On the subject of families, I'll turn this around for quite a good example. I remember a bad day last summer when late in the afternoon, I was woken by a phonecall from Rosie. I don't always answer the phone on bad days, but if it wakes me up, I tend to answer it before I'm awake enough to consider doing otherwise. Here is a picture of my sister and the lovely Alexander (any excuse).

It was during Rosie's last few days at work before maternity leave and she was talking to me as she was driving home. She was suffering; the fatigue of pregnancy was taking it's toll, her shape and general discomfort was disturbing her sleep and she'd been struggling at work, standing in front of a class of moody teenagers trying to draw some harmony out of them. She was now driving along the motorway and was hoping to mow the lawn when she got home. But she was so knackered, she couldn't believe it.

It was completely natural for the thought that passed through my head to pass through my head, especially as I was feeling extraordinarily grim. However, I would have had to be a complete and utter arsehole to turn around and say, "Yeah, well I've spent the day in bed, in pretty terrific pain and there's very little hope of me mowing a lawn any time this decade."

Because I have no idea how other people are feeling and I certainly do not have a monopoly on feeling uncomfortable. Rosie was tired and achy, and she wasn't used to being tired and achy, and she'd had to stand up in front of high school students all day and drive home along the motorway; two things I would not be able to do even if I became completely well tomorrow. All I had to do was make it to the bathroom every time I needed to pee; I had had a much easier day, in many ways.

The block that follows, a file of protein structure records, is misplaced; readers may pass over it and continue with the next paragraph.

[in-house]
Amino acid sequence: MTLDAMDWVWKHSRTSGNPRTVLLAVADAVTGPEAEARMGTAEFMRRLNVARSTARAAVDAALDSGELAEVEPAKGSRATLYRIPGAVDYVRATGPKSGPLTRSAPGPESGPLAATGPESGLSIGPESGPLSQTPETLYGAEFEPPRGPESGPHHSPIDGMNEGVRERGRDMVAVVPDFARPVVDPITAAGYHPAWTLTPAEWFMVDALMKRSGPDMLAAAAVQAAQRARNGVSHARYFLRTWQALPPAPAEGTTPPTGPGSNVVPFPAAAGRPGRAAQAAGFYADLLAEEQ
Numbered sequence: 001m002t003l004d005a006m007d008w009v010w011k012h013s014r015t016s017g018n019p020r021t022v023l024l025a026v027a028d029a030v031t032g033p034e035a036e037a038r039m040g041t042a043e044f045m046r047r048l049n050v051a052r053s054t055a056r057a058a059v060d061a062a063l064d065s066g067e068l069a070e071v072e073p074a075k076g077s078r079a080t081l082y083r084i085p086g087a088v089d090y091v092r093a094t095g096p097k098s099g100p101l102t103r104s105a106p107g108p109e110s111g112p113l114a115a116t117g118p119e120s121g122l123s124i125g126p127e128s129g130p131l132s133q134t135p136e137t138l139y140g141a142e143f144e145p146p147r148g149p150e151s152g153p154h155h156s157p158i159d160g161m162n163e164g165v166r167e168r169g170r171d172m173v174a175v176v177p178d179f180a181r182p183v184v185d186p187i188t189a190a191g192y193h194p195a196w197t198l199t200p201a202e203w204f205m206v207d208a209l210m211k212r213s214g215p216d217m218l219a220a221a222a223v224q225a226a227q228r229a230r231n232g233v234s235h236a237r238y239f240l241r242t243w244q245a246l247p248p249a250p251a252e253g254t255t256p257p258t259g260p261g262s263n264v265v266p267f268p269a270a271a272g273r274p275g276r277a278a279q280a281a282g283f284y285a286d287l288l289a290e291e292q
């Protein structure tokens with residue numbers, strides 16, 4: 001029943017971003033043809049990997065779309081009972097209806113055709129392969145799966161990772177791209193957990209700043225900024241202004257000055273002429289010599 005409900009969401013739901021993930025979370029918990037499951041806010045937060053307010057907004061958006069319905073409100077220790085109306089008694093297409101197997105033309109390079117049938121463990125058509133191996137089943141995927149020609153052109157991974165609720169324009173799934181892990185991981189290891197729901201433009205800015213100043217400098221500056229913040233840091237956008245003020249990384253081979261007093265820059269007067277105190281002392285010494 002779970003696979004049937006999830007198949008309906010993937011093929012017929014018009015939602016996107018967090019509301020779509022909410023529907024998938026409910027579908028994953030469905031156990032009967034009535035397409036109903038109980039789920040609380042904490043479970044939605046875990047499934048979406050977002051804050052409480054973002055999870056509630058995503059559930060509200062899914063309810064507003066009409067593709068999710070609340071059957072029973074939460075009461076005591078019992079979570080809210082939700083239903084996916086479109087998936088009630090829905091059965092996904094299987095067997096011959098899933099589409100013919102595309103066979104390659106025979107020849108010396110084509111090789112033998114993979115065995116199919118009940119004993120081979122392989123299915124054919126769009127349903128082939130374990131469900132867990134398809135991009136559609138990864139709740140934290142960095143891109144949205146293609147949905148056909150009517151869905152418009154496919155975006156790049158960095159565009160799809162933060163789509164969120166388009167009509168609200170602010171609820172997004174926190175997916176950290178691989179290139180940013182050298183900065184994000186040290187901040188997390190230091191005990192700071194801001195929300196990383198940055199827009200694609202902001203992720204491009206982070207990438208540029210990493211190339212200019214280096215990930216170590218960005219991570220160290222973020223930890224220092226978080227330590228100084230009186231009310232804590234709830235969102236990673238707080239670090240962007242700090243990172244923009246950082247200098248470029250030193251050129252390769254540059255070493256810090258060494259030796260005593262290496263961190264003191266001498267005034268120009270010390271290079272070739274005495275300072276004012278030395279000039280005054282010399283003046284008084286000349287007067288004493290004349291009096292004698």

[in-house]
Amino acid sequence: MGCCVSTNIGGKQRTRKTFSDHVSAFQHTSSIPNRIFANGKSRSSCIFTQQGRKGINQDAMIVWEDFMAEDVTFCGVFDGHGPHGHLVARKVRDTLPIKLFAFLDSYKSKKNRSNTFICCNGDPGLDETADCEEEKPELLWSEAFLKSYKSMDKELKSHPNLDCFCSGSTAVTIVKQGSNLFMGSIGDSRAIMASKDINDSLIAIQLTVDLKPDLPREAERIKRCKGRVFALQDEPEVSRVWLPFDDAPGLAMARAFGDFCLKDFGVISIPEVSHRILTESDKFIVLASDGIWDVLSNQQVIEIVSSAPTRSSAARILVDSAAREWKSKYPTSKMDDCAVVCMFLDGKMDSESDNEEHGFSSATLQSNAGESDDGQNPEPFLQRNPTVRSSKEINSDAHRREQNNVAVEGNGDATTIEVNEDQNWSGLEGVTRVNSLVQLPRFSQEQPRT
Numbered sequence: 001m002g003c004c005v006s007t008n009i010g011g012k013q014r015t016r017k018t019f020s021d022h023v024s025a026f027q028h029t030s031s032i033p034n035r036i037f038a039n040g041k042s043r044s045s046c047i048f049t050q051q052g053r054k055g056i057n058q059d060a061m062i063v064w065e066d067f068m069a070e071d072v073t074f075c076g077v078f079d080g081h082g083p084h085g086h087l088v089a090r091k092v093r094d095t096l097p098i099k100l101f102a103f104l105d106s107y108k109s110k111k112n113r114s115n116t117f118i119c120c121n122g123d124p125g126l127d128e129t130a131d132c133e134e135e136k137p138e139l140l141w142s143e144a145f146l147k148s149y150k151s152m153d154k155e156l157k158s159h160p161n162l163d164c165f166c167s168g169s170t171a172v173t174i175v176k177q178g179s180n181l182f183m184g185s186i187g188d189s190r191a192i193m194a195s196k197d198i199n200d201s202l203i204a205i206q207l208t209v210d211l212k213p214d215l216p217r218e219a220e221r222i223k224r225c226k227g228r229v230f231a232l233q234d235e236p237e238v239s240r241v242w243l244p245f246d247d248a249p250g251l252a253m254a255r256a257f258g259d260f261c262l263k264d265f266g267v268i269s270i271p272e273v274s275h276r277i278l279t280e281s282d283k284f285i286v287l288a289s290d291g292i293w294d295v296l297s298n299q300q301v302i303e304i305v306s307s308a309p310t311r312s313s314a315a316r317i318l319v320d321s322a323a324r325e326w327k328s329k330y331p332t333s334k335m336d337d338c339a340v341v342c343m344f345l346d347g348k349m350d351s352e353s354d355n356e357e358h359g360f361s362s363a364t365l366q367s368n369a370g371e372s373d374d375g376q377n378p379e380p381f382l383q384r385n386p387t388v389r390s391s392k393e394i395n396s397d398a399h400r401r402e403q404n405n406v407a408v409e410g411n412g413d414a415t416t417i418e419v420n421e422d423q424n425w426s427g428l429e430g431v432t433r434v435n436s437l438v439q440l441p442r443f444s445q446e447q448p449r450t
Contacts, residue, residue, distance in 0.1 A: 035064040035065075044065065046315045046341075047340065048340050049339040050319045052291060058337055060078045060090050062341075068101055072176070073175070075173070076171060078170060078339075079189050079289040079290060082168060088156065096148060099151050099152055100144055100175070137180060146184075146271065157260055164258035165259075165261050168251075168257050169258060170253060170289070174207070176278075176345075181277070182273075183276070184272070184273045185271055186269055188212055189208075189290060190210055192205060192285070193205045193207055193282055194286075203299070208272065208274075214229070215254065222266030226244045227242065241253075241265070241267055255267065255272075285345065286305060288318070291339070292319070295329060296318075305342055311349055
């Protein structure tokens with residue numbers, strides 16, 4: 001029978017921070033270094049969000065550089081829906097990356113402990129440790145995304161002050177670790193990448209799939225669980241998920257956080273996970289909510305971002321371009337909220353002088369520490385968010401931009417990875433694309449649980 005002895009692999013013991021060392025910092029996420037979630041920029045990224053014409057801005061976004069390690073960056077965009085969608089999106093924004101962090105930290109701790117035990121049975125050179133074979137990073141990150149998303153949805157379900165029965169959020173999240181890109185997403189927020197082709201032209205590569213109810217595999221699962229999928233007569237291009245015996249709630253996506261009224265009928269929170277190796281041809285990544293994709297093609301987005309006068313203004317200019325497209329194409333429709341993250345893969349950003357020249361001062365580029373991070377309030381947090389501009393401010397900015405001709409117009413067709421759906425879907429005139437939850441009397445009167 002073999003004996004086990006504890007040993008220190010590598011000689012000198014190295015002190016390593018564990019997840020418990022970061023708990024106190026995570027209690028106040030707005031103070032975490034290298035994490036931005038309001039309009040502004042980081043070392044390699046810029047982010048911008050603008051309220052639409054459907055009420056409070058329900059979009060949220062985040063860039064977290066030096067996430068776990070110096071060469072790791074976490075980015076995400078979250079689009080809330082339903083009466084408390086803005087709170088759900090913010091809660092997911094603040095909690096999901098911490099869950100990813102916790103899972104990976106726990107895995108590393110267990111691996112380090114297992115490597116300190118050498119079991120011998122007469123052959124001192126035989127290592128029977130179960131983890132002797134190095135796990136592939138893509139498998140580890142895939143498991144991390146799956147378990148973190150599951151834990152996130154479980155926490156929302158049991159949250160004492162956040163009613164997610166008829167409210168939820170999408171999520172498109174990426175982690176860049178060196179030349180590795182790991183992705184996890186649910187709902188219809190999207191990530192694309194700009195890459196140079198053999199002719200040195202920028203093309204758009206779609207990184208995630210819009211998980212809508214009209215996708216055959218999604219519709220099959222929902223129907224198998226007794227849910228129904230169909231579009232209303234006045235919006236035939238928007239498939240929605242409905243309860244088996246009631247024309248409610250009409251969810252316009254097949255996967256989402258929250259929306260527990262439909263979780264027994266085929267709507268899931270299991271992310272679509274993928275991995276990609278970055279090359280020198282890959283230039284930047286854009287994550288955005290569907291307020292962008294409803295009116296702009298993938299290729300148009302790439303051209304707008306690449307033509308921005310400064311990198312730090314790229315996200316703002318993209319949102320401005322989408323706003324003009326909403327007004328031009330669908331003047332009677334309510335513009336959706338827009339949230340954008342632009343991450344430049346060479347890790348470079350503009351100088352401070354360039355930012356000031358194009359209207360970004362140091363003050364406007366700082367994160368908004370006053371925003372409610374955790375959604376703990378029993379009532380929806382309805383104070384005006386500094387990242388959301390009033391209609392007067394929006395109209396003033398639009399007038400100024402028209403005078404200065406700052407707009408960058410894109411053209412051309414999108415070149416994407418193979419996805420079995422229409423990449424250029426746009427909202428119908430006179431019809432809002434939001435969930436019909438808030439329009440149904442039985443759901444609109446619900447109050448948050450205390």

But I'm being honest about this because I do have to check myself. Sometimes it does annoy me when healthy people complain about how tired they are or how much they are suffering with something when they are able to carry on a relatively active life - just as it annoys me when relatively wealthy people complain about how impoverished they are whilst engaged in some project that my budget could never touch.

However, if I respect these people, then it is not my place to judge. I do not have their life, I do not have their experience. And if I care about someone, then it is my responsibility to try to understand how it might be for them and empathise with them; if I didn't have the imaginative powers to do so, I wouldn't have many friends whose life didn't closely resemble my own. Since I don't know anybody whose life closely resembles my own, I guess I wouldn't have any friends.

But I imagine this is the sort of thing which is happening when people cast doubt over chronic pain and illness; people become very precious about their own troubles. After all, the less that other people get by with, the more you ought to be making of what you have - people simply don't like the idea that they have it better than other people, even though all of us have it better than someone. Personally I think I have it better than most of the people I know in some ways, even if they have it better than me in other ways.

I guess people who cast doubt over our experience of chronic pain and illness haven't come to terms with this yet.

Oops, just noticed the time...


Mary said...

Well, I suppose we tend to define ourselves (to whatever extent) in terms of other people. We are, after all, social creatures.

Those close to us and fond of us will often happily accept what is happening. After all, they've seen us having trouble day after day. But those who our interactions are not based on "care" or "friendship" are less likely to make mental space for it. Employers and colleagues, for instance.

Like you say, I don't need sympathy and I don't need people to have a complete understanding of my condition, but it rankles when they say I lie.

Anonymous said...

I think, Goldfish, you are in danger here of making the old, old mistake of mixing up a need for sympathy and a need for empathy; and not purely empathy at that.